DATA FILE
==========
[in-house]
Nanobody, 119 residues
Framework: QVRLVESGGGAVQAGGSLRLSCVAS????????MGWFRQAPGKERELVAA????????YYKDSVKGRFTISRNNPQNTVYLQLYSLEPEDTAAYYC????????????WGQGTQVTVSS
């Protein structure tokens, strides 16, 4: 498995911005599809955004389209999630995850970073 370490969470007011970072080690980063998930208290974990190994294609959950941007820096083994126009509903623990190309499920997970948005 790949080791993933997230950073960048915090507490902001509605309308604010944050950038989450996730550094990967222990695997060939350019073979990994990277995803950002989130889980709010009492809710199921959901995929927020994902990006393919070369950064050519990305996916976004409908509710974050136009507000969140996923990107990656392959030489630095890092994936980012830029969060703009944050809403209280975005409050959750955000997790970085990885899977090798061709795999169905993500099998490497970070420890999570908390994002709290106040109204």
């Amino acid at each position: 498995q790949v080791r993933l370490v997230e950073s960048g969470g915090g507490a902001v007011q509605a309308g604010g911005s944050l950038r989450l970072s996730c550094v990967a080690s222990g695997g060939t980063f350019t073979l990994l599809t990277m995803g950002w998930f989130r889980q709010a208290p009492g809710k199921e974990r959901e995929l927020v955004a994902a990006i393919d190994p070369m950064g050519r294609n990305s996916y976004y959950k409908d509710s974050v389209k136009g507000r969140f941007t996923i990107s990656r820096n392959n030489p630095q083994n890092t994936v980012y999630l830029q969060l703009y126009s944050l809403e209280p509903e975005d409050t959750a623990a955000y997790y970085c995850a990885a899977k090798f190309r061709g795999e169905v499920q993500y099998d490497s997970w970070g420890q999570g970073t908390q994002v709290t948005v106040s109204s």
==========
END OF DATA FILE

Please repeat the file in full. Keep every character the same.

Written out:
[in-house]
Nanobody, 119 residues
Framework: QVRLVESGGGAVQAGGSLRLSCVAS????????MGWFRQAPGKERELVAA????????YYKDSVKGRFTISRNNPQNTVYLQLYSLEPEDTAAYYC????????????WGQGTQVTVSS
């Protein structure tokens, strides 16, 4: 498995911005599809955004389209999630995850970073 370490969470007011970072080690980063998930208290974990190994294609959950941007820096083994126009509903623990190309499920997970948005 790949080791993933997230950073960048915090507490902001509605309308604010944050950038989450996730550094990967222990695997060939350019073979990994990277995803950002989130889980709010009492809710199921959901995929927020994902990006393919070369950064050519990305996916976004409908509710974050136009507000969140996923990107990656392959030489630095890092994936980012830029969060703009944050809403209280975005409050959750955000997790970085990885899977090798061709795999169905993500099998490497970070420890999570908390994002709290106040109204």
């Amino acid at each position: 498995q790949v080791r993933l370490v997230e950073s960048g969470g915090g507490a902001v007011q509605a309308g604010g911005s944050l950038r989450l970072s996730c550094v990967a080690s222990g695997g060939t980063f350019t073979l990994l599809t990277m995803g950002w998930f989130r889980q709010a208290p009492g809710k199921e974990r959901e995929l927020v955004a994902a990006i393919d190994p070369m950064g050519r294609n990305s996916y976004y959950k409908d509710s974050v389209k136009g507000r969140f941007t996923i990107s990656r820096n392959n030489p630095q083994n890092t994936v980012y999630l830029q969060l703009y126009s944050l809403e209280p509903e975005d409050t959750a623990a955000y997790y970085c995850a990885a899977k090798f190309r061709g795999e169905v499920q993500y099998d490497s997970w970070g420890q999570g970073t908390q994002v709290t948005v106040s109204s």